Thursday, August 6, 2015

When You Need Help Believing

Sometimes we need help believing.
Sometimes the Lord calls us to be, to do, something that we can’t quite believe we are able. We dream big, and we wish grand, but the reality of what we believe about ourselves is anything but grand. Perhaps our reality looks more like a small person trying to do what it takes to survive.

That was the case for Gideon. He was hiding out in a winepress threshing wheat. A sure sign of times gone awry, desperate circumstances. Resourcefulness born of desperation, of fear. A time when objects, places, lose their original purpose and serve the need of the moment. A winepress was not designed to thresh wheat. 

It was in this necessary state of survival that Gideon was called to believe beyond his circumstances, beyond the reality he felt sure was true. 

The Lord found Gideon in the winepress, and called him by a name which seemed completely contrary to his situation. “The Lord is with you, Mighty Warrior,” (Judges 6:12).

To be hunched over, working hard, looking up only to sneak a peek over his shoulder for Midian bandits, and have the angel of the Lord appear and call him “Mighty Warrior” must have seemed like an afternoon comedy act, delirium from the heat of the day, the toil of his labor.

Warrior? Mighty? Try edgy, nervous, stressed to the max, Fearful.

The words of the Lord shook Gideon to the core of his disappointment in God. He was from a people of dreamers. The Israelites had always dreamed large, and they knew they had the God of Israel to back those dreams up. Gideon had grown up hearing stories of how the Lord had delivered His people from Egypt with wonder and might. 

But right there, right then, from Gideon’s viewpoint, God had abandoned them and given them over to the hand of Midian (v. 13). He is disappointed and angry. Gideon replies to the Lord’s greeting with the classic question many have asked since, “If God is with us, then why…????”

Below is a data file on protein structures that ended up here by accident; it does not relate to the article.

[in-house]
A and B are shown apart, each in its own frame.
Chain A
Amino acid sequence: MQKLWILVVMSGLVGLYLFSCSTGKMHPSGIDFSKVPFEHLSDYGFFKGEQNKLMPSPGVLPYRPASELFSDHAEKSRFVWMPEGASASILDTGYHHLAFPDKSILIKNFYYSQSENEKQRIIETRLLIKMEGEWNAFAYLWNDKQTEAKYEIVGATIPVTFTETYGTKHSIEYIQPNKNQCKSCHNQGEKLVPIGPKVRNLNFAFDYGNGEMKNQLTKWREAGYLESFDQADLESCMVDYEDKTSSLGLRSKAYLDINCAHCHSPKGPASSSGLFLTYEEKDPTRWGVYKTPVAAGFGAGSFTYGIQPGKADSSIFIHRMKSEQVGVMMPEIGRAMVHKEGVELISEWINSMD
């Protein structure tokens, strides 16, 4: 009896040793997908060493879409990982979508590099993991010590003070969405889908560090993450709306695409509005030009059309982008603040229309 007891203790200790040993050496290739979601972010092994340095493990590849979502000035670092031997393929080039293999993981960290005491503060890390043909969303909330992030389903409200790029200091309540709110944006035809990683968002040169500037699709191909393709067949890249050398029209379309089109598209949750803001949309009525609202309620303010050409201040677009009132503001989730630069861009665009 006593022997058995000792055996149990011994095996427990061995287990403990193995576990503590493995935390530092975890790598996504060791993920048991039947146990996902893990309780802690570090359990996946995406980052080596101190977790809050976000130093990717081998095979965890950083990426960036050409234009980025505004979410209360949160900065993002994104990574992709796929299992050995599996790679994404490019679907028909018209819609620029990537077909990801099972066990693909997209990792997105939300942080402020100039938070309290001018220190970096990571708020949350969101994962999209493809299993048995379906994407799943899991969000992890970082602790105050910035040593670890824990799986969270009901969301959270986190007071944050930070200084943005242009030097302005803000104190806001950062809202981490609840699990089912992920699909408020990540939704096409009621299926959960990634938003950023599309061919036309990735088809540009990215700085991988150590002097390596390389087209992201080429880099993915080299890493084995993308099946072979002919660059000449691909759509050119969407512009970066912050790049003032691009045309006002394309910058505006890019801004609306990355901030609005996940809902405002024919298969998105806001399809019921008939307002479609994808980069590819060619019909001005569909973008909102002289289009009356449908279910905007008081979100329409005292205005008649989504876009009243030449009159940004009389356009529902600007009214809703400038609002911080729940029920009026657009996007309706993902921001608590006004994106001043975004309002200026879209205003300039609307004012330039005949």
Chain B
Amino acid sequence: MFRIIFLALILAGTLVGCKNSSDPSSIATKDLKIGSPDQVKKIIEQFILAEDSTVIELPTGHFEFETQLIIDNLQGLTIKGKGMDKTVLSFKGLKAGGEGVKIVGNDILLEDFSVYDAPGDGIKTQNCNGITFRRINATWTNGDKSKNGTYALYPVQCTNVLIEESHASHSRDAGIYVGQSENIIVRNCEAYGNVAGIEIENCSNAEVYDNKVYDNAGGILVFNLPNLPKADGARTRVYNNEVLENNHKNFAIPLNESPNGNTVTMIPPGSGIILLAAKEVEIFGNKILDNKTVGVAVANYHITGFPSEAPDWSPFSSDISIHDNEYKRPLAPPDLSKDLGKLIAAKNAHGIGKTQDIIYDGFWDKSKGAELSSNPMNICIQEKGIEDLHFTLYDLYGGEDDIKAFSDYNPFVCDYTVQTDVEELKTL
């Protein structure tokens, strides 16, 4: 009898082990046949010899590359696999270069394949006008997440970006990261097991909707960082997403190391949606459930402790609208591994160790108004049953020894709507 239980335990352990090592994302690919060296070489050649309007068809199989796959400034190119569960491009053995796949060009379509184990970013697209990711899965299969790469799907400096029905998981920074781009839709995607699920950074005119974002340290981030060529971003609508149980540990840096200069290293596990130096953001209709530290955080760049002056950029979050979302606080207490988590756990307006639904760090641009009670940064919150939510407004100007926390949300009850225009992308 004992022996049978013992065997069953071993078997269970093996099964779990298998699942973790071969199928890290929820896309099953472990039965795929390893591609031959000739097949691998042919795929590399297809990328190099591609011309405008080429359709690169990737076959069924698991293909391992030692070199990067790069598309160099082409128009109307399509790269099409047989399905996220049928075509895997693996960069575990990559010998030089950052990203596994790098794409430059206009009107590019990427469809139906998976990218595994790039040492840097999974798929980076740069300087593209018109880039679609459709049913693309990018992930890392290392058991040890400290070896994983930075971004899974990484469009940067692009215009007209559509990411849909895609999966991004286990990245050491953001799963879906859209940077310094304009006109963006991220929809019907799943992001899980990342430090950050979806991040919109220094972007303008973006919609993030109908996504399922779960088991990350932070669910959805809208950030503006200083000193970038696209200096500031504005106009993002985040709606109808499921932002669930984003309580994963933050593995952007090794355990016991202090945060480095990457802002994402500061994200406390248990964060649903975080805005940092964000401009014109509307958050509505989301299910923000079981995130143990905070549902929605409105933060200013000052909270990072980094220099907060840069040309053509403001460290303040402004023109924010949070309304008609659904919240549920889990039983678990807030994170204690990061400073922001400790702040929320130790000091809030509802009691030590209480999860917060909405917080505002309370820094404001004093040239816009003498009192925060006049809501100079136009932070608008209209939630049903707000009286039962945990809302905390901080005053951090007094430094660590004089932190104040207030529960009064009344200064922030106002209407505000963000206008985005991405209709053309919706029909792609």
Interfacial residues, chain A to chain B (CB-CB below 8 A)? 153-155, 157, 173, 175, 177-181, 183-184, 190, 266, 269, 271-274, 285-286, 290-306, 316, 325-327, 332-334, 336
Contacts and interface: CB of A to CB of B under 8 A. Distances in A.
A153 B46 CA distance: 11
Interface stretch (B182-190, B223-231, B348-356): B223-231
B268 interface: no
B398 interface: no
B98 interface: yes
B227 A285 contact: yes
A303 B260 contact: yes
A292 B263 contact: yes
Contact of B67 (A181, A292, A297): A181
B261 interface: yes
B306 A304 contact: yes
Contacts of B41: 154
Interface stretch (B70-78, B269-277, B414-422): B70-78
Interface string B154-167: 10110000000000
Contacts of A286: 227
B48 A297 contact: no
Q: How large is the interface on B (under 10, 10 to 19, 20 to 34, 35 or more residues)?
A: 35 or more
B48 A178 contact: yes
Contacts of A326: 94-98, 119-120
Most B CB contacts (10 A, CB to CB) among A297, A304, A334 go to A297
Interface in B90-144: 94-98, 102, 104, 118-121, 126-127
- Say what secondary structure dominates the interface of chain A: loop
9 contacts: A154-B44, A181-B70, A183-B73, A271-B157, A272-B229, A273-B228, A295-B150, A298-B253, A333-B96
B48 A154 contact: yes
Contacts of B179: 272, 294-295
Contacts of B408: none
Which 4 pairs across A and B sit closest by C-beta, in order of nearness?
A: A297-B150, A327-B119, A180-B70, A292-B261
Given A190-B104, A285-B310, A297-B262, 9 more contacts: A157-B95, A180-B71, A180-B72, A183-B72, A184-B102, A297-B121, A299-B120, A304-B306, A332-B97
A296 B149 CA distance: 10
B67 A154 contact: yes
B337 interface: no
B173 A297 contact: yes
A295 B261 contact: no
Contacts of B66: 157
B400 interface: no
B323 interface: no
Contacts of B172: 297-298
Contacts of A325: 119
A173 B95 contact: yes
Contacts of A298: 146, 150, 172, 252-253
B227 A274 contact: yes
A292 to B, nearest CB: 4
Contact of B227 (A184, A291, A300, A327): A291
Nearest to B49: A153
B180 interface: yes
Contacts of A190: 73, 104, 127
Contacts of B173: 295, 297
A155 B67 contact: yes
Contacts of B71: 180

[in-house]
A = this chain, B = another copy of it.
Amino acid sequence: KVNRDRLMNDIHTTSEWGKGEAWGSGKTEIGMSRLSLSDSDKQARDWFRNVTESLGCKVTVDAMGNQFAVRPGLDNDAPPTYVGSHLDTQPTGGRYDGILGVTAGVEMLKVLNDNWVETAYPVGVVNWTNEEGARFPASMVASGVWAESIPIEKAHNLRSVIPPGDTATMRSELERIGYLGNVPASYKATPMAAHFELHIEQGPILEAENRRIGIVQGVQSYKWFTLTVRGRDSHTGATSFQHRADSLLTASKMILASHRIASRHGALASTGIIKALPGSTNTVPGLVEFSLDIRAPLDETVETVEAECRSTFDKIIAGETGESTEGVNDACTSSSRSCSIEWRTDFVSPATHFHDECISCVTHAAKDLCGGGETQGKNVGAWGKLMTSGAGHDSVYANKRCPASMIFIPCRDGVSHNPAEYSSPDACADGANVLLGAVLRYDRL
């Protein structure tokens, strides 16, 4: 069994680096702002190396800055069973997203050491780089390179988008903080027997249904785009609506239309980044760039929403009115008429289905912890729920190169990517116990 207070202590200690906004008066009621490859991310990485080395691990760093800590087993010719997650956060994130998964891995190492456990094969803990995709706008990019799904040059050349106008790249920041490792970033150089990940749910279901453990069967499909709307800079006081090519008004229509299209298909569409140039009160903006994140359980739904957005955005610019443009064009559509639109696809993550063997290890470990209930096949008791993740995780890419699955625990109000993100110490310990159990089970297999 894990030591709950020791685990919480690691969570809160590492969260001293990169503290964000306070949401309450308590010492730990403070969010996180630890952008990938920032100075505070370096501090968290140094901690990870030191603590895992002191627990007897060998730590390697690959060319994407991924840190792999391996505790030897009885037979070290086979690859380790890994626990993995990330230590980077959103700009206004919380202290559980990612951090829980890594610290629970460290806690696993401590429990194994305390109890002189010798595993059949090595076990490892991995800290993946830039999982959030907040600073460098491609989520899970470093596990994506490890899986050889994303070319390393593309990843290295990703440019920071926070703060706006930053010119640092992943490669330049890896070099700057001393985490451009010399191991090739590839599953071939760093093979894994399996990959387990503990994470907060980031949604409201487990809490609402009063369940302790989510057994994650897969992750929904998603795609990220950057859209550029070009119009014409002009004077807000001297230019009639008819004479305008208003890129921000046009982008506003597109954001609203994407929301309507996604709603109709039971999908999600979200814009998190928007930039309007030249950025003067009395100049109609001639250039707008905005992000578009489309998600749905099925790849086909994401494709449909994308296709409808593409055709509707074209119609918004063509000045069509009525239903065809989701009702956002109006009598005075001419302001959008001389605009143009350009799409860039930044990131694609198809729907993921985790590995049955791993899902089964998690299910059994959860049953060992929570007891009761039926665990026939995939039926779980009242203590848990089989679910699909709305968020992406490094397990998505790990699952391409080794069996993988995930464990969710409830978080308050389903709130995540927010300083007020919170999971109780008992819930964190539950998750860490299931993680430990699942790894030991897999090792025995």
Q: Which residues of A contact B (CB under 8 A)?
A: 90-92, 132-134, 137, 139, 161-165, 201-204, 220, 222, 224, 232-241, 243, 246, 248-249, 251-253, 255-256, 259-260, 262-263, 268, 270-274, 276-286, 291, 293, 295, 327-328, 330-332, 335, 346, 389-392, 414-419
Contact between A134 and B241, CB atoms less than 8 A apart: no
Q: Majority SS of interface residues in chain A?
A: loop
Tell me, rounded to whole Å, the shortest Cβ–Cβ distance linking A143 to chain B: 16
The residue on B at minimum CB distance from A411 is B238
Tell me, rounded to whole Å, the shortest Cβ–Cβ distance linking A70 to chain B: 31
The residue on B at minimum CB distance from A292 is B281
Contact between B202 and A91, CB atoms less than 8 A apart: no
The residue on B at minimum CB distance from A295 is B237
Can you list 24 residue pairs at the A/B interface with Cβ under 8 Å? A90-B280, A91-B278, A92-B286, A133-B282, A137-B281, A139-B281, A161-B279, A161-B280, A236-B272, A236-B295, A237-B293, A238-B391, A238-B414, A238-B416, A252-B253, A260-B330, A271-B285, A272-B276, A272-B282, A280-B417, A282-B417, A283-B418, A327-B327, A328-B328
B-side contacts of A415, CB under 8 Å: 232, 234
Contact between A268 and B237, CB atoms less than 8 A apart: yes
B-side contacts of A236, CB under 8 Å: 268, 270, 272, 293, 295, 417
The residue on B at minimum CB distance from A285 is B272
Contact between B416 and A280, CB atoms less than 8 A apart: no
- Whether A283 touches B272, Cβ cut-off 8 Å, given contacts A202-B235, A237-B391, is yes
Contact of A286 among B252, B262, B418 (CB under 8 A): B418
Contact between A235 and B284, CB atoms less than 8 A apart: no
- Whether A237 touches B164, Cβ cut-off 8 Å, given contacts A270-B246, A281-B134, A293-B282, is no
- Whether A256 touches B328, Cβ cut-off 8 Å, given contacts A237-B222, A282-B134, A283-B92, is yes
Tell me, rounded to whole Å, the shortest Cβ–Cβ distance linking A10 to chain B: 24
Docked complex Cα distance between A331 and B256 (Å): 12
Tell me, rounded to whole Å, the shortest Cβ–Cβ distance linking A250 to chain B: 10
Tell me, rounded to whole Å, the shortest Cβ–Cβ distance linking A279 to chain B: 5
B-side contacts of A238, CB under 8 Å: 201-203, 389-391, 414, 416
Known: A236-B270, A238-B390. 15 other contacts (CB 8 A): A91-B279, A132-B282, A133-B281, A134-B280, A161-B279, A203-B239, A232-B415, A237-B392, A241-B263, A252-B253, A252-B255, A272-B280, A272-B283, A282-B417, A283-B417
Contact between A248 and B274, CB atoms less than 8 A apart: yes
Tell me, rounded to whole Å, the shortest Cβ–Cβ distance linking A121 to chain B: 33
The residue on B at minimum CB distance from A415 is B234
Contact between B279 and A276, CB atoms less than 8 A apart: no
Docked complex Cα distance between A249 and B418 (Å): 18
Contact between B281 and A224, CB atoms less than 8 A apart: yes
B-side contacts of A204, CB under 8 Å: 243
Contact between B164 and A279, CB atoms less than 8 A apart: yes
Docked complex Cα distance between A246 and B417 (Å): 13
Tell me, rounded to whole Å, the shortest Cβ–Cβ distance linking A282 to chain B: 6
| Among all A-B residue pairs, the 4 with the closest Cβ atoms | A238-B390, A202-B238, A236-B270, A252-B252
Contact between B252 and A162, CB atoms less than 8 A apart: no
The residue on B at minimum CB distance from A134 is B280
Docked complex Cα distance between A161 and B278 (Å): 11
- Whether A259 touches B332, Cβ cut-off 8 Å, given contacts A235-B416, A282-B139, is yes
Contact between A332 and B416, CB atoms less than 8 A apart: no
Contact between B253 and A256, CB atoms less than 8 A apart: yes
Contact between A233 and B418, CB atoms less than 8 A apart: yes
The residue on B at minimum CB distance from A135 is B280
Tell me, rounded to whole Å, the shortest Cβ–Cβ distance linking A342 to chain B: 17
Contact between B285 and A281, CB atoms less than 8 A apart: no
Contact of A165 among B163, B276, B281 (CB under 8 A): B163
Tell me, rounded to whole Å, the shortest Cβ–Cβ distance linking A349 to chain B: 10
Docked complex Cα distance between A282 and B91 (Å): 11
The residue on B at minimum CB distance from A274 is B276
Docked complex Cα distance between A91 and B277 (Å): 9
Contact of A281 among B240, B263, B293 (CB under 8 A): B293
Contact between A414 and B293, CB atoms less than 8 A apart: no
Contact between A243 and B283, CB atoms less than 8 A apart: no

Belief beyond circumstances is incredibly hard. 

I would like to even say that it is impossible without God’s intervention, His supernatural gifting of faith. Pain and suffering, fear and doubt are all very real feelings, and wrap themselves around our hearts and minds like suffocating fingers, seeking to choke all hope and life out of us. They would dictate to us that they know our reality, that they know who we really are. Hopeless.

But God. 

But God knows who you are. He has made you and I to be mighty warriors, to rise above the circumstances of the winepress and believe something more. Something insanely counter to the reality our eyes see. Something only God can achieve in tandem with our belief.

Gideon voiced his doubt, and poured his honest disappointment out to the Lord. And the marvelous began. The hand of Gideon’s disbelief clasping the hand of God’s guiding presence. A man of the weakest tribe, the least in his family, becomes a warrior. A man who until then had only heard of the God of his fathers from afar now meets Him intimately and becomes His instrument. 

A miraculous transformation takes place in Gideon. He becomes who God named him to be. Mighty Warrior.

But this change does not occur instantly, magically, as if God were a genie. Gideon has to walk through his own weakness, his own unbelief to reach the place of complete trust. And I think you and I could learn from his journey.

Don’t be afraid to be honest with God.